What is it?: The forthcoming 5,000-plus-seat music venue at Monte Carlo (aka the soon-to-be Park MGM), which we recently toured despite ongoing construction.
Where on property is it?: It’s on the southeast corner of the casino, where the Lance Burton Theater once sat. It also welcomes you from the north as you drive into Park Las Vegas from Park Avenue.
When does it open?: December 17 with Stevie Nicks and The Pretenders.
How will I get there? Park your vehicle at Monte Carlo, where there will be locals-only spots (event-parking rates still apply), or travel by tram. In true exit-through-the-gift-shop form, you must enter from or depart through the casino.
What will I need before reaching my seat? An adult drink, clearly, from one of the venue’s seven bars (or, if you’re sitting in VIP, there's bottle service). Though food-and-beverage details still aren't available, you should eat before entering, or you'll likely have to wait until leaving what's being characterized as a beverage-focused venue—one that's surrounded by dining options both inside the casino and outside at Park Las Vegas. Which means another excuse to enjoy Shake Shack.
Where might my seats be? There’s a floor orchestra section with temporary seating, a low orchestra section and a high orchestra section, with the low orchestra’s seating able to retract telescopically to expand the floor’s seating (or general-admission standing) area. At the top sits the balcony section—the farthest seat being no more than 145 feet from the stage— which can be curtained off for more intimate shows. In all, 5,200 seats, with a 6,400 capacity during maximum GA shows.
What entertainment will be on offer? MGM Resorts likes the big guns, so it’s going after both midlevel-venue music acts (like Nicks) as well as those who regularly play arenas (like Bruno Mars, scheduled for December 30 and 31). The only residencies—ahem, MGM will be referring to them as “extended engagements”—announced thus far belong to Mars and to Cher, whose “Classic Cher” gigs begin February 8.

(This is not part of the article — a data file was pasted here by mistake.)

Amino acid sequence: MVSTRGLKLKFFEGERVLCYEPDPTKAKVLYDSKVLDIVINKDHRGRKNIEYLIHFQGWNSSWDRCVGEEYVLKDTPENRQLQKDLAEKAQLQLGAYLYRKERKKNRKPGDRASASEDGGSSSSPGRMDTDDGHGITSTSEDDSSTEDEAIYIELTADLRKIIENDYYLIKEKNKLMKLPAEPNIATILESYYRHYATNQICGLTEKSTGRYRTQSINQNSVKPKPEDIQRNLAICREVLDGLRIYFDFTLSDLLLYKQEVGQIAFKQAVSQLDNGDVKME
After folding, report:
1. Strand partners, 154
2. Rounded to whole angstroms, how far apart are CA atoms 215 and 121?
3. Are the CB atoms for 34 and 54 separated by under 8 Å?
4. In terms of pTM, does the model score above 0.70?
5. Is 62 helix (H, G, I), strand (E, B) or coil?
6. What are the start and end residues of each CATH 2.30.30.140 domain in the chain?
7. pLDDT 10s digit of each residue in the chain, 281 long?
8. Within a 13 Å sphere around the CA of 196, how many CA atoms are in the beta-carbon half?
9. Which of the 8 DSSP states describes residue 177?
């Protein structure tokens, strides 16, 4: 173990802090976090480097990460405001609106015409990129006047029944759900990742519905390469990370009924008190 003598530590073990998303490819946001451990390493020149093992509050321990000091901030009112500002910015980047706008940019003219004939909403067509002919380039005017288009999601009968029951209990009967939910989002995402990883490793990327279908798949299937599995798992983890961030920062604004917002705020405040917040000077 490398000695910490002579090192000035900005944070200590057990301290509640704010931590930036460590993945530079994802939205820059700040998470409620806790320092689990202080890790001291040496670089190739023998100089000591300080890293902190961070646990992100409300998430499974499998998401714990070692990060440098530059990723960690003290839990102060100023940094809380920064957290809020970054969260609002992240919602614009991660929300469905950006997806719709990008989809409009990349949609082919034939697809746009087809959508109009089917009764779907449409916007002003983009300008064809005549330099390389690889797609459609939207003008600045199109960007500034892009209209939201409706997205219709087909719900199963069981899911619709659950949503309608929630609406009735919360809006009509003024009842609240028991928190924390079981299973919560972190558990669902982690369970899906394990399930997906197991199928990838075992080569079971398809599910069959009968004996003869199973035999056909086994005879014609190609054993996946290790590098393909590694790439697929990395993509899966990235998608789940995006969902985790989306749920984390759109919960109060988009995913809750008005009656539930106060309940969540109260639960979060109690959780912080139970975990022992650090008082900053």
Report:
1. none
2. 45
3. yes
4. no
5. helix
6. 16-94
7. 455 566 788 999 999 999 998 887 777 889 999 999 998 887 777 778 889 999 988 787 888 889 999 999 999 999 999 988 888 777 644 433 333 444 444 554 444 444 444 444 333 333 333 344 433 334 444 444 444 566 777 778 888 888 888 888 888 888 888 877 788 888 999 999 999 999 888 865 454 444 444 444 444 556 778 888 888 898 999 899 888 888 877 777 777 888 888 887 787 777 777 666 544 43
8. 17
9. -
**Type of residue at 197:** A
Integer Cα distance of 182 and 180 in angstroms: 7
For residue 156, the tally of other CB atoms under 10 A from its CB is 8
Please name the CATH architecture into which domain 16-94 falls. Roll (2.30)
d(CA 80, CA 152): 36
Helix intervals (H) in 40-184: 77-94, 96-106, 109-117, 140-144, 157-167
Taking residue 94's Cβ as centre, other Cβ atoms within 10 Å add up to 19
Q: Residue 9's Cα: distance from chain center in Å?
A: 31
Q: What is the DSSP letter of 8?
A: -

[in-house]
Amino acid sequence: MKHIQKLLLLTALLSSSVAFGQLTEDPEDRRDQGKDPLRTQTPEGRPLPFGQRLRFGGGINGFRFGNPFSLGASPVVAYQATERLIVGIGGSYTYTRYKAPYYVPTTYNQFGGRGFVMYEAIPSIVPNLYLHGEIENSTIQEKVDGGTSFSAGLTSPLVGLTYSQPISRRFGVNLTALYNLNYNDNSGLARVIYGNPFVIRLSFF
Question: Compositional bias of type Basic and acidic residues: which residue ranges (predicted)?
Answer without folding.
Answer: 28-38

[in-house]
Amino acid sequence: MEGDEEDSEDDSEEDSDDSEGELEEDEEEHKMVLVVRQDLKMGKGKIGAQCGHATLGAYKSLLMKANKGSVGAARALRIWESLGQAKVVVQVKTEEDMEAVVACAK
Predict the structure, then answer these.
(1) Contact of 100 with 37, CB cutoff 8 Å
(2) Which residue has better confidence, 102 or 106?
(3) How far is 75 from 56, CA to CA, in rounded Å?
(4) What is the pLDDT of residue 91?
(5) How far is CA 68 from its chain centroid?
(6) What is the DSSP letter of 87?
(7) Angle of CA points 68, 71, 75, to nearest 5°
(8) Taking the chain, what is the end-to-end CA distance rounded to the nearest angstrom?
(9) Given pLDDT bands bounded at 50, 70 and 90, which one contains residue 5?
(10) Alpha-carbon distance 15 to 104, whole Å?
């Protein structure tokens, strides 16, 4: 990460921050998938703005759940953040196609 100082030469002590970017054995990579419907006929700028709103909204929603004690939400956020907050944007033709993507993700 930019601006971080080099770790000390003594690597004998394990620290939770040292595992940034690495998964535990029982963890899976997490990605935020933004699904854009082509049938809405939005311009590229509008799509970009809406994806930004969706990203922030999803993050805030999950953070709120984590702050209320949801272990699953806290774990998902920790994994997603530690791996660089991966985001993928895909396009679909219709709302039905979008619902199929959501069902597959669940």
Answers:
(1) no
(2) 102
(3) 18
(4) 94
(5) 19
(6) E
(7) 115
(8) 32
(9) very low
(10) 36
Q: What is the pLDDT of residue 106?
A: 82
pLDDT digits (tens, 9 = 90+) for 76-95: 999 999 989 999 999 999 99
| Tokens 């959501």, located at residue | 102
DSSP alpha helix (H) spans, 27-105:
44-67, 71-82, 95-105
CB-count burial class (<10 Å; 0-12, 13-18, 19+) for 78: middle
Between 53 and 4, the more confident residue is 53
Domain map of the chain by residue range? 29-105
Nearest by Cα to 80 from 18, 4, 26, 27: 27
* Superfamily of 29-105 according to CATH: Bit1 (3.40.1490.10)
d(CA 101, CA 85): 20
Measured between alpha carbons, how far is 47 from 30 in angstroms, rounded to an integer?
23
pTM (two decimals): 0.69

Park Theater will also feature headliner stand-up comics (Katt Williams was recently announced for January 7) and a configuration versatile enough to host UFC and boxing matches, award shows and galas, and even basketball games. (Yes, the floor fits a full basketball court.) “We want to be more flexible with acts,” says Dan Bernbach, Park Theater’s general manager and executive director. “We want a wide variety of [music] genres and entertainment acts. Instead of three or four mainstay acts, we want shorter engagements and more diversity.”
So who do we beg to book Radiohead and Frank Ocean? Jokes aside, MGM’s central booking department will be filling the calendar, with assistance from promoters such as AEG, Live Nation and others.
What about the stage? It’s staggering—we’re talking 40 feet tall by 140 feet wide, which is 20 feet wider than the stage at the Colosseum, Park Theater’s chief competitor. And like the seating, the staging can be draped for added intimacy. An LED wall 80 feet wide and 40 feet tall will backdrop the performers onstage. And nine HD 4K projectors can cover screens on either side and over the speakers high above. “The performer can customize the show for the venue,” Bernbach says. You reading this, Trent Reznor?
What does Park Theater have over its competitors? Unlike Colosseum, the Chelsea and the Axis, its position in the casino allows for windows—huge floor-to-ceiling panels on each level so natural sunlight floods the venue early in the evening. And outdoor balconies allow patrons to get fresh air and a south-Strip view. Now all it needs are some millennial-friendly (and millennial-budget-friendly) extended engagements, and Park could be the large-theater venue to beat on Las Vegas Boulevard.